Last week, we had a look at the Amazon-Audible- ACX conundrum. So now that we know why finding a royalty share narrator on ACX is a risky business, it is time to have a look at the alternative.
Well, short of a royalty share deal with a narrator, the two remaining options are self-recording or hiring a narrator.
In most cases, self-recording means the audiobook will be recorded by a non-professional, and narrating is a profession, and producing an audiobook implies not only a quality narration but also proper recording environment and careful editing of the recording. In other words, the result is unlikely to be of quality, even if some rare authors can indeed pull it off.
Hiring a narrator implies choosing a narrator according to different factors. One of these factor, of course, is the rate offered. This being said, it is far from being the only factor. Choosing the narrator has to include selecting a voice pitch and accent that will fit the content of the book. Choosing the voice of an octogenarian man to narrate a book where the narrator is a 8 years old girl, for example, would simply not work…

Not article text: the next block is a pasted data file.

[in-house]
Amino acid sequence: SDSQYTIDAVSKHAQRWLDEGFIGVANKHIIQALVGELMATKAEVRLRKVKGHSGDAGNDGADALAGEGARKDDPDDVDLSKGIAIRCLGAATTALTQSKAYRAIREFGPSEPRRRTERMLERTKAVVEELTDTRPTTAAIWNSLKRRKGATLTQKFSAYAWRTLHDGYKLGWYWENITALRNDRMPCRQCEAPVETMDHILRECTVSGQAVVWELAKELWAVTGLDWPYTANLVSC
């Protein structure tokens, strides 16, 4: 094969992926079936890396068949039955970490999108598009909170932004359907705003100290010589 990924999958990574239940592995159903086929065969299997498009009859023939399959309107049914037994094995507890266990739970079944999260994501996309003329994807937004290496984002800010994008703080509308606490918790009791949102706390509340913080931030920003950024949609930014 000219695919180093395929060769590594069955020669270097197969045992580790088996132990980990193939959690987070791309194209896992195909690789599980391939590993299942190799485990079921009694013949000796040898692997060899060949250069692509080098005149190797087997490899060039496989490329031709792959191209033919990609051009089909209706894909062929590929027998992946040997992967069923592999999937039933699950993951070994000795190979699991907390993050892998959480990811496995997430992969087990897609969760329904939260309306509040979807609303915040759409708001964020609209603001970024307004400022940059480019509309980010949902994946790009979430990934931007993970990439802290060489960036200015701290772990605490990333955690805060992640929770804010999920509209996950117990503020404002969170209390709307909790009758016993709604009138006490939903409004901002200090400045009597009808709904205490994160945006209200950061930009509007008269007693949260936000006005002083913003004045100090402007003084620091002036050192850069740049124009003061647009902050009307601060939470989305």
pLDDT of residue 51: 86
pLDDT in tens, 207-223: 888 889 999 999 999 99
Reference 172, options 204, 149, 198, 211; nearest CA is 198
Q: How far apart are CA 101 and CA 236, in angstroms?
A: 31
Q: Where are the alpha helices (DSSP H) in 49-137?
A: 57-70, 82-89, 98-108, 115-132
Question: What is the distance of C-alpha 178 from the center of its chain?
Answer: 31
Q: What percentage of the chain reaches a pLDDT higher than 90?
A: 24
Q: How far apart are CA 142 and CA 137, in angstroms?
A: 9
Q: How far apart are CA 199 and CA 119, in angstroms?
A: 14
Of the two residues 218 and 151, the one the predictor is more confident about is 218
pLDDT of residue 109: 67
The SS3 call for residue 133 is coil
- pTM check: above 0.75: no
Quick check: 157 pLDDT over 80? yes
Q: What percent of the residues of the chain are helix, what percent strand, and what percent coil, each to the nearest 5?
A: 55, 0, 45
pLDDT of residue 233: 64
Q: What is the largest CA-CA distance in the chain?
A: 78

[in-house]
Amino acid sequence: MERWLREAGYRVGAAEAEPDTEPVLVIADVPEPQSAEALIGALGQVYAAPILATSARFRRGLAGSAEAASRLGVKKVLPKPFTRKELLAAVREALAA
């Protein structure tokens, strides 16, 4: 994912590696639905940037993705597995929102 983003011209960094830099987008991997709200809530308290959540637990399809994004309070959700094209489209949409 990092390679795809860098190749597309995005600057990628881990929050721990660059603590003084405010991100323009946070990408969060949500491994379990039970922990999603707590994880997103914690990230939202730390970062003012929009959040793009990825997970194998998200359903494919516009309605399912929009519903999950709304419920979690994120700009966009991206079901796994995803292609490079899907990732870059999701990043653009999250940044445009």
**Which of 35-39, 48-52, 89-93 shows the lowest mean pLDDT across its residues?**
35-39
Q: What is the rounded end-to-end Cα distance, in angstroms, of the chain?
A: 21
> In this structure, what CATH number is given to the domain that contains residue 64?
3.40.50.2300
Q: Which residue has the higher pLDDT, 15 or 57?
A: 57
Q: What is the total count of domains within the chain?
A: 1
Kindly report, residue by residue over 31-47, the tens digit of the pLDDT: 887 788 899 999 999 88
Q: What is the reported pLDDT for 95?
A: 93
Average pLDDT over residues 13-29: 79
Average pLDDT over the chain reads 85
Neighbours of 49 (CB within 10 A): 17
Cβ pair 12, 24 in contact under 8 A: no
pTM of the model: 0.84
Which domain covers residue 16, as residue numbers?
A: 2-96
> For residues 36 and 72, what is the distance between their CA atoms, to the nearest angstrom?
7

Then, it is necessary to check if the narrator is professional enough to guarantee that the impressive 2 minutes sample available online is a reflection of the quality of delivery he/she can sustain throughout the book. That is one of the main difference between a professional and an amateur.
Then, it is critical to verify if the narrator’s access to a recording studio and to editing facilities is included in the rates he quoted, as some narrator quote a price according to recording time, not according to “finished hour”, and the difference in price is from one to twenty.
Another option is to turn to a recording studio offering audiobook recording services. They will check all of the above and provide recording facilities to the narrator.
Then again, recording studios offering slashed price such as $200 per finished hour are clearly advertising their use of underpaid narrator and a slapdash editing job, if any.
So, when choosing a narrator, the saying “When you pay peanuts, you get monkeys” is particularly true with recording studios…
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